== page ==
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Hull-based Medical Device Company Smith & Nephew Moves From Historic Location

The world-renowned company Smith & Nephew is gong to be leaving its location in Hull after being based 160 years in the city.

The company is set to relocate 8 miles (13km) away in Melton, on a new site costing £80m.

Around 800 are employed by the medical device manufacturer, which has been based in the city of Hull since its foundation in 1856.

City Labour MP Emma Hardy has expressed disappointment in the firm’s choice to relocate, though has said she understands the reasons behind the move. In a statement, she said:

“Hull was the birthplace of Smith & Nephew. It’s where the company started. It has all its history, it has all its heritage there on this site in Hull. But, I understand they wanted 23 acres and, of course, you can’t find 23 acres within the boundary of Hull, it’s simply not there. My focus right now is going to be making sure everyone keeps their jobs when they open this new site.”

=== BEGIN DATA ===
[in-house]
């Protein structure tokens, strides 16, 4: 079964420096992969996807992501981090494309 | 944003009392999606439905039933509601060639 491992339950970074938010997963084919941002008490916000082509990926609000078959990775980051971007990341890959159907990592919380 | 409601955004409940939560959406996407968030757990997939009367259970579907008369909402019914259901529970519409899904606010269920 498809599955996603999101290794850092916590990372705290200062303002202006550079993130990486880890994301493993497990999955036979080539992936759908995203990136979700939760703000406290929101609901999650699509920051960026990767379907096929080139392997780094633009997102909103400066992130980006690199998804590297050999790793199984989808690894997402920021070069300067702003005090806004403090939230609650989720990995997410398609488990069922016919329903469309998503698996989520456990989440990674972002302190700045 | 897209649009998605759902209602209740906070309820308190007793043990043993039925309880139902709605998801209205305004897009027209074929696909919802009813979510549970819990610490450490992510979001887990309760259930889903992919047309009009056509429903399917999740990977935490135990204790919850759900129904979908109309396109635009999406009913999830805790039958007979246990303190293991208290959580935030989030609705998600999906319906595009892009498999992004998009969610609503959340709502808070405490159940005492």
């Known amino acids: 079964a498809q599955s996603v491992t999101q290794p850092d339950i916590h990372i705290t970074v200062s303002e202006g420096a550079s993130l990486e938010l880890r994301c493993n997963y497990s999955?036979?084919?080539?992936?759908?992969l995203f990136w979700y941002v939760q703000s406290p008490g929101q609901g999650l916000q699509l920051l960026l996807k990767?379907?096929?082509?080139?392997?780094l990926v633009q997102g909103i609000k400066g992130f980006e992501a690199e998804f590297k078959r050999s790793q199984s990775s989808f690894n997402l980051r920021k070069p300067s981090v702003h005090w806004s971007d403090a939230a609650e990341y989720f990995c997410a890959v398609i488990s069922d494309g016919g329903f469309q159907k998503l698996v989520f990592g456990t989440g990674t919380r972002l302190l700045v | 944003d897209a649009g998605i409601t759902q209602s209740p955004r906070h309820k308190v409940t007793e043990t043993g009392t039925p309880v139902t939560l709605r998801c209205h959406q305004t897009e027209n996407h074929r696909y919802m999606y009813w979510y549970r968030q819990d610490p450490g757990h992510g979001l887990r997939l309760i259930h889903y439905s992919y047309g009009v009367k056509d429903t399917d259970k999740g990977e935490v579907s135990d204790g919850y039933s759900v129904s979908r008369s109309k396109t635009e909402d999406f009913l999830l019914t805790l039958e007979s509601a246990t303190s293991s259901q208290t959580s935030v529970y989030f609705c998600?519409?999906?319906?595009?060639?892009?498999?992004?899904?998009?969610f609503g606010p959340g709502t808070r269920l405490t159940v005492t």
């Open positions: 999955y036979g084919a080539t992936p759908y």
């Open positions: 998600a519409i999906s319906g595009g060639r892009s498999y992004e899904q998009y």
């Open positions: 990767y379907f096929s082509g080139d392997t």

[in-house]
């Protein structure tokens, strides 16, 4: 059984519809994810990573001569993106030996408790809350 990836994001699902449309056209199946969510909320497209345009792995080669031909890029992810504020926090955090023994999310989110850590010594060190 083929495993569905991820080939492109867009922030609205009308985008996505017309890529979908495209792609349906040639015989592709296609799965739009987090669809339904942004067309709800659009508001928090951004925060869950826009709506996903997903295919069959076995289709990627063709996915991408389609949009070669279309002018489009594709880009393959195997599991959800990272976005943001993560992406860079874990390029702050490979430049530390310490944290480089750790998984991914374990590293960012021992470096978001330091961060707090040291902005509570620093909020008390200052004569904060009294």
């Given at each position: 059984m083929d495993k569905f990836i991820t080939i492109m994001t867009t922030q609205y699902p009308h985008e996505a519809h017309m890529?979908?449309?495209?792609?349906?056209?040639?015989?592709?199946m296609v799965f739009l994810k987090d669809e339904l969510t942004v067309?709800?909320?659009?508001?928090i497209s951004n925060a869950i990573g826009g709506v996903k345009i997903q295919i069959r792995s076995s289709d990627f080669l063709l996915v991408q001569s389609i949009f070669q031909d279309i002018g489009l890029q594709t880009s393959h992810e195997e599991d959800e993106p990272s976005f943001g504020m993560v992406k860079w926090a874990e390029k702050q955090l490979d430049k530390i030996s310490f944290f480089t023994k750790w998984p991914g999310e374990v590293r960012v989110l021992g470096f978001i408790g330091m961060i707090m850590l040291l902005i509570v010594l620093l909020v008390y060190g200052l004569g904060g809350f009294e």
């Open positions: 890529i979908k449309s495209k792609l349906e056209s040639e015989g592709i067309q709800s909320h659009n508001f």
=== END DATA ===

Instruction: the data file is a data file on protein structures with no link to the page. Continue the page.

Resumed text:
Smith & Nephew have claimed the new facility in East Yorkshire will make a “world-class research and development, manufacturing and flexible office environment” which would “generate more than $10bn (£8bn) of sales in its first ten years of operation”.

The investment is in part supported by a grant from the government. The Minister for Innovation, Lord Kamall, said:

“Smith & Nephew’s new R&D base will ensure the UK remains at the forefront of life sciences and innovative research, levelling up the health of our nation, tackling disparities and saving lives.”

The historic company was founded by Thomas James Smith in 1856, beginning as a dispensing chemist, but developing into a global business.

Mike Ross, leader of the Liberal Democrats on Hull City Council, said he had had meetings with bosses at Smith & Nephew, who “made clear there was not sufficient suitable land within the city boundary that could be made available at the pace their plans required”.

He added that while his preference would have been for the company to remain inside the city, he felt “optimistic [that] the new location – just a few minutes up the road – means our residents will be able to keep their jobs. Protecting jobs has been the council’s priority and we will continue to work with the company and local MPs to ensure this is the case. The company has also committed to working with us to ensure its current site plays a key role in meeting the city’s future employment needs, and this will be central to the redevelopment of the wider English Street area.”

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